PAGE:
While I was a program manager at Microsoft Typography, two of the typefaces that fell within my purview were Georgia and Verdana, the highly readable screen fonts designed by Matthew Carter in the 1990s to make reading text onscreen easier on the eyes. So I was in a position to encourage and approve a joint project of Ascender Corporation (now a part of Monotype Imaging) and the Font Bureau to work with Carter to create a much-expanded set of fonts for both Georgia and Verdana. The project was announced two years ago; this week, Font Bureau and Monotype Imaging have released the new fonts.

Georgia Pro and Verdana Pro are now large type families, with five weights instead of two, each one with its accompanying italic, as well as small caps and several alternate kinds of numerals; and all of those weights and styles are repeated in condensed form. This makes it possible to have truly bold headlines in either typeface, or to fit copy into narrow measures, or to combine weights and widths in expressive ways within a typographically consistent page.

Not surprisingly, given the advent of downloadable web fonts, both Georgia Pro and Verdana Pro are being shown off in a web-based type specimen from Webtype. And they’ve been hinted to be as consistent as possible across platforms and browsers.

I’m looking forward to seeing them put to use.

Type different


Thomas Phinney wrote a thoughtful blog post last week about “The Impact of Steve Jobs on Typography”: about how the Mac pioneered proportional fonts on the screen, and how the combination of Aldus PageMaker and the LaserWriter created desktop publishing; and about a host of later improvements and developments: “Being able to see what fonts look like on screen. Showing proportional fonts on screen. Scaling the same font outlines for screen as for print. Putting a ‘font’ menu in applications, and having all applications share a pool of fonts installed at the system level (instead of associated with some specific printer).” Jobs was famously attentive to details; more to the point, he was famously attentive to the details of design. His flare and care for industrial design made Apple’s products desirable – and usable.

Which is why I’ve always been disappointed that Apple doesn’t bring that same level of perfectionism to its use of type. The graphic design, both in Apple’s marketing and in its products themselves, is always careful and clean; but the choices of fonts have been erratic, and they’re not always used consistently. Just looking at a current page of the Apple website, about Mac products, I see both their corporate font, Myriad, and the current Mac user-interface font, Lucida Grande. Both are well-designed humanist sans-serif typefaces, and either one works well; they actually play together better than you would think, but it’s still subtly jarring to see two competing sans serifs on the same page. But that’s not all.

Ever since the introduction of the iPhone, Apple has been moving toward using versions of Helvetica on screen. I’ve written before about the problem with reading numbers in Helvetica. The same repetition of shapes that makes Helvetica look consistent and “modern” (or at least retro-modern) creates ambiguity and makes it all too easy to mistake one number or letter for another. As Thomas Phinney said in a comment on his own post, “I love iOS, but I am still horrified that it uses Helvetica as a UI font.”

ATypI Reykjavík 2011


By all accounts, this year’s ATypI conference was a notable success. People kept coming up to me and telling me how much they were enjoying the event, how impressive the venue was, how well everything was organized, how intelligent the talks were, how much they liked the food. I kept telling them that I couldn’t take any credit for these things, that it was the organizers, both local and from ATypI, who had brought all this together. But it was certainly gratifying to hear.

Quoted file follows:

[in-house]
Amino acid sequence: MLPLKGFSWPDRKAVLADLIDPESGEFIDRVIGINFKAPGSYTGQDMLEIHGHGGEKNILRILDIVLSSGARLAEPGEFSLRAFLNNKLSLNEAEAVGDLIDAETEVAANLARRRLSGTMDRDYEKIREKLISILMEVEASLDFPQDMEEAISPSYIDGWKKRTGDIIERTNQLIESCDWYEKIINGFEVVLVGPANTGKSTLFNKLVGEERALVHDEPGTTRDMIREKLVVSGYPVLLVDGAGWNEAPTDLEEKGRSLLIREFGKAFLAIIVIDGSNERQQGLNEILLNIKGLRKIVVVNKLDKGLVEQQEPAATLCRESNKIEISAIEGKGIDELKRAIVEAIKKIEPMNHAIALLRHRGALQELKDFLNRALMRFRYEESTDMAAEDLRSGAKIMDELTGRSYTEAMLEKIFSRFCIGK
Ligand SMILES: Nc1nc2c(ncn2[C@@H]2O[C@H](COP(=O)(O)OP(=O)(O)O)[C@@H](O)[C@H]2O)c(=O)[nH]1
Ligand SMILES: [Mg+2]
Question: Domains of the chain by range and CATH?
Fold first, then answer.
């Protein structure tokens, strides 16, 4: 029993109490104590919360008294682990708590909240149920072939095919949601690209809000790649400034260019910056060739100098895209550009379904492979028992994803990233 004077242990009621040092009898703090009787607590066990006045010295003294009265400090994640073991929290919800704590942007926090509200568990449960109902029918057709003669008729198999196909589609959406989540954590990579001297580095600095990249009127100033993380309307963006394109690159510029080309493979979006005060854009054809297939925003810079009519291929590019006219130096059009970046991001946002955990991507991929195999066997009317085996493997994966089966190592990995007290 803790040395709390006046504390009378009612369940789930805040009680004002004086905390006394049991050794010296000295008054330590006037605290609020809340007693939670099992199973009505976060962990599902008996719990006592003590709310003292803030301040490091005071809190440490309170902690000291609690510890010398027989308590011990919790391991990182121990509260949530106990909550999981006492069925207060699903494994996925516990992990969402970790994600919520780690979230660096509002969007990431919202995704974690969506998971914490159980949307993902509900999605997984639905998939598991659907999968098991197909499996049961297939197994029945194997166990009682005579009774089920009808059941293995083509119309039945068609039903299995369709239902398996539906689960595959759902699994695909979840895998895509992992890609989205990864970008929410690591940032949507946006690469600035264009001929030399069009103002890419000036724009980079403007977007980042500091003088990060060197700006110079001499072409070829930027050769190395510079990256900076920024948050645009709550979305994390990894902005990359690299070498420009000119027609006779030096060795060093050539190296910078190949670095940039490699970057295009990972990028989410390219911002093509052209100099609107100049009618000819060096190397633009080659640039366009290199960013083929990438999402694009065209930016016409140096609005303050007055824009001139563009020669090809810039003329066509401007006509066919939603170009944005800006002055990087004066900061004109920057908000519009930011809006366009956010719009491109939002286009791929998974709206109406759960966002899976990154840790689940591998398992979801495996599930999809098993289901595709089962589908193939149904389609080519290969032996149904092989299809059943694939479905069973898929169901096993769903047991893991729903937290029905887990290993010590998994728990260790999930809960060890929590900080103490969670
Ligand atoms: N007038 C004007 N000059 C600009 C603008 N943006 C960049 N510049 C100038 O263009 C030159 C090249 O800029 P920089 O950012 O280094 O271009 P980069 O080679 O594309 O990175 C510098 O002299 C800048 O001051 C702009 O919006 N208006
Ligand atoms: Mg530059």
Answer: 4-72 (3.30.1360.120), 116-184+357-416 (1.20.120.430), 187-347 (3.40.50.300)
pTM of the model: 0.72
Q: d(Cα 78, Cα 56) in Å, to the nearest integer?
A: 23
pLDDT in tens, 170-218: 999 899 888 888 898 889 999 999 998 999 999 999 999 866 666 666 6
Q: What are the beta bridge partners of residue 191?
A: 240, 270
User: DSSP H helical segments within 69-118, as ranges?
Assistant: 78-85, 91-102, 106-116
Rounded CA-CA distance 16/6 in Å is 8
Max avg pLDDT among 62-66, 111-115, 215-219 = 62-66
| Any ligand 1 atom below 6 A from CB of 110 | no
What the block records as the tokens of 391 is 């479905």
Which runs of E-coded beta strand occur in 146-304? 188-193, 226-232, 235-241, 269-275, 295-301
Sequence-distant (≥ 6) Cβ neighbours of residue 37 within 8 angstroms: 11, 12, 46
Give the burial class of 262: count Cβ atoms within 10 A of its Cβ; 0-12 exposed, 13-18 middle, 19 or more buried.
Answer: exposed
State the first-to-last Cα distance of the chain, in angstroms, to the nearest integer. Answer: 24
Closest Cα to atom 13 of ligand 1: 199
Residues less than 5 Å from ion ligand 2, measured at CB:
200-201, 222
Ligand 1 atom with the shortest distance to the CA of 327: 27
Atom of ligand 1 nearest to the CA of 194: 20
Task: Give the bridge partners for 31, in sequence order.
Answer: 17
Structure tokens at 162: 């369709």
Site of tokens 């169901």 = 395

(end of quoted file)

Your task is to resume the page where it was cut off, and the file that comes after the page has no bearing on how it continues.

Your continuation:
The venue was spectacular: a brand-new building, Harpa, built right on the edge of the waterfront in the harbor of Reykjavík, which houses the national symphony as well as serving as a state-of-the-art conference center. Harpa’s irregular geometry and fishnet-over-glass windows all around highlighted the location and gave us a light, airy interior to inhabit and meet in. Its various meeting spaces were easy to configure for both talks and meals. And when the weather got bad – Sunday saw a good bit of wind and rain – it was satisfying to sit snug in Harpa and gaze out at the wind-whipped harbor.

There were fewer attendees than usual this year (no doubt a reflection of the dismal economy, and of the fact that while Reykjavík is easily accessible from both North America and Europe, it’s not exactly local to anyone but the Icelanders). But those who came were excited and stimulated, and came away talking about ideas.

How often do you have a head of state opening a typography conference? The President of Iceland, H.E. Ólafur Ragnar Grímsson, not only welcomed ATypI to Iceland but gave a twenty-minute talk about the Icelandic language and its typography – an intelligent, eloquent commentary that set a high standard and neatly prefaced our keynote speaker, Gunnlaugur SE Briem. Briem spoke wittily about type, letters, and language. Together, they kicked off the main conference brilliantly.

The theme of the Icelandic letter “eth” (ð, the voiced “th” sound found in English too) led naturally to a rich track of talks on other special characters, and on a wide range of non-Latin writing systems as well. We heard about the typography of Indic, Korean, Arabic, Mongolian, Chinese, and Khmer scripts, not to mention Danish, Irish, German, and Turkish letters within the Latin alphabet. The number of presentations on Indic typography on Sunday was particularly appreciated; and there was talk of making a proposal in a few years for holding an ATypI conference somewhere in India.

The structure this year seemed to work quite well: two preliminary days of workshops and technical and educational items, in two parallel tracks, followed by the official opening on Thursday night and then a single main track of programming on Friday, Saturday, and most of Sunday. This allowed for specialization in the preliminary days, but a common experience during the main conference – and no running around trying to switch from one track to another, or worrying about coordinating the timing between multiple simultaneous talks. Our program structure is partly determined by the venue, but I think we’ll try to repeat this success in the future.